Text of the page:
Leadership with the City of Kenora has put forward plans to honour the National Day of Truth and Reconciliation later this month, in honour of the region’s shared Indigenous history.

The federal government passed legislation to make September 30 a federal statutory holiday in June, one of the Truth and Reconciliation Commission of 2015’s Calls to Action, to provide opportunities for federal workers to recognize and commemorate the legacy of residential schools.

While the Ontario government confirmed the day will not be a provincial statutory holiday earlier this month, staff with the City of Kenora are planning to close city facilities for half of the day on September 30, between 10 a.m. and 2 p.m., if a motion from Kenora’s Senior Leadership Team is approved. It was put forward during this week’s Committee of the Whole meeting.

Director of Corporate Services Heather Pihulak says the city’s Senior Leadership Team felt ‘very strongly’ about recognizing the importance of the day, and is calling for all staff to attend a pathway of educational sessions involving residential school survivors and their experiences.

“We have a full pathway of education planned for staff, and they will spend a great deal of time learning,” she said, adding staff will be going through workshops at the Kenora Rec Centre later in the day. “We’re really excited about the day and the educational opportunity for all of our staff.”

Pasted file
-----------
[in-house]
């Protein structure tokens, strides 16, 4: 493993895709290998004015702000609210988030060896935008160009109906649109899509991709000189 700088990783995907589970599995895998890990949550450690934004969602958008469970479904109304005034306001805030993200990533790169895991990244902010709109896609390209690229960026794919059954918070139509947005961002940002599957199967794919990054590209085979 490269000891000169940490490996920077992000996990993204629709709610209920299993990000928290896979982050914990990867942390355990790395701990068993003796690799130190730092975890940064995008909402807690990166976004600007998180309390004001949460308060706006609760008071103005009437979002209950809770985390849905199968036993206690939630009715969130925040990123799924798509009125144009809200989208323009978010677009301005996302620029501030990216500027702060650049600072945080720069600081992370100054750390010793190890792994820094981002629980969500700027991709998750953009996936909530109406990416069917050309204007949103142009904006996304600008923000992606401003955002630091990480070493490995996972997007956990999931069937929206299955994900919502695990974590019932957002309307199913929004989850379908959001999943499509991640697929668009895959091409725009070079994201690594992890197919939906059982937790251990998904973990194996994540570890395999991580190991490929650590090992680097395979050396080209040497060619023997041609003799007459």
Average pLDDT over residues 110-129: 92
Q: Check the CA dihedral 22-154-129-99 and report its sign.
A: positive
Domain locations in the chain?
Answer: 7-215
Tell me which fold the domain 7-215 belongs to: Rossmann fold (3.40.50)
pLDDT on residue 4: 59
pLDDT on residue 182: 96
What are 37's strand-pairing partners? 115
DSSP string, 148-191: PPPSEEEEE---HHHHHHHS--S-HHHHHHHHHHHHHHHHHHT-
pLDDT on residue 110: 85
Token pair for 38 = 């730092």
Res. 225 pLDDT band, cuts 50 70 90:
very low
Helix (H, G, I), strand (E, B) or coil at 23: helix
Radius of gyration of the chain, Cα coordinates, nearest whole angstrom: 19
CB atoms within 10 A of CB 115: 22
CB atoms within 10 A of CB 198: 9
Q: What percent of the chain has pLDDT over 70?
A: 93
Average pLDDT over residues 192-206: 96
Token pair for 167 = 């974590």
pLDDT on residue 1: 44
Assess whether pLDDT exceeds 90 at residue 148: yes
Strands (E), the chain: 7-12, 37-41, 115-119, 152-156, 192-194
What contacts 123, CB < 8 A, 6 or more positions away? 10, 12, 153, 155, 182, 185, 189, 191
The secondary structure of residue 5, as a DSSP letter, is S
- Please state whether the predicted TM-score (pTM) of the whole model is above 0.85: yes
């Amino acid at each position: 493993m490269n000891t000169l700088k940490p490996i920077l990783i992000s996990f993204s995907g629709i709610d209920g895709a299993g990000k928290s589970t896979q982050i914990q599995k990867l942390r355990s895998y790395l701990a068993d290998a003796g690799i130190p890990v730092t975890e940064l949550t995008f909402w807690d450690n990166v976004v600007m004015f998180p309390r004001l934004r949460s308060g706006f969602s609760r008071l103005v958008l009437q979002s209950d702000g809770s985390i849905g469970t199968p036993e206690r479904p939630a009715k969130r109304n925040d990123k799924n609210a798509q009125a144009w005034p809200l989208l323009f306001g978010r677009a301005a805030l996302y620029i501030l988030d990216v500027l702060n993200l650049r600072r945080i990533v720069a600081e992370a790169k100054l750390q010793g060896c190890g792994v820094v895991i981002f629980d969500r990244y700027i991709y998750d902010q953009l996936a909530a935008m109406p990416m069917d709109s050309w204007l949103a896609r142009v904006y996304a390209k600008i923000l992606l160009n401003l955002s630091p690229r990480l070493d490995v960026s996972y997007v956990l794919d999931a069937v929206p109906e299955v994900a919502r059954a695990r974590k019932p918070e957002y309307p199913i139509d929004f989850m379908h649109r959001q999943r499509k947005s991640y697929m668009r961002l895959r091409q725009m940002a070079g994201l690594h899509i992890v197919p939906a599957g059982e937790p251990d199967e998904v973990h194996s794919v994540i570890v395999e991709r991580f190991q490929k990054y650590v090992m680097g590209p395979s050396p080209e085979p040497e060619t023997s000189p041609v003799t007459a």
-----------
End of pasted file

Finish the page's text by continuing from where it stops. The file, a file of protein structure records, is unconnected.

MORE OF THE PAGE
Pihulak says the mandatory training will include every municipal employee, as well as Mayor and Council. The City is also encouraging all citizens to share their stories of residential schools with their families and communities, to aid in moving forward together in reconciliation.

Each staff member will also be given an Every Child Matters orange shirt to wear. Councillor Rory McMillan complimented the City for proactively putting the day together.

“It’s a very proactive, positive and powerful teaching tool – to have people interact with the displays. It’s a very moving display,” McMillan notes there will be additional events along the Harbourfront and Greenbelt on September 30.

City councillor Sharon Smith reminds the public that the Lake of the Woods District Museum will continue to host the ‘powerful’ and ‘moving’ “We were taught differently” display about the history of the Cecilia Jeffrey and St. Mary’s residential schools in the region, and encourages everyone to experience the display over the next three weeks.

“That’s one of the most powerful displays I’ve ever seen,” said Smith, who shared a story about the display being shown at a regional hotel that included displaced evacuees from the far north. Smith says people were very moved by the exhibit and experience.

For over 100 years, over 150,000 Indigenous youth were forcibly taken from their families to be assimilated into residential schools and settler-culture, which included giving youth new names, haircuts and identification numbers.

The Cecilia Jeffrey Indian Residential School in Kenora was built in 1901 and ran until 1976. The National Centre for Truth and Reconciliation says at least 37 students passed away while attending the Presbyterian Church-ran school.

St. Mary’s Indian Residential School was run by the Roman Catholic Church near the Devil’s Gap Marina. The National Centre for Truth and Reconciliation says at least 36 students passed away while attending the school, which was operated by the Roman Catholic Church until 1972.

If you are a residential school survivor, you are able to contact the 24-hour National Crisis Line at 1-866-925-4419 for support.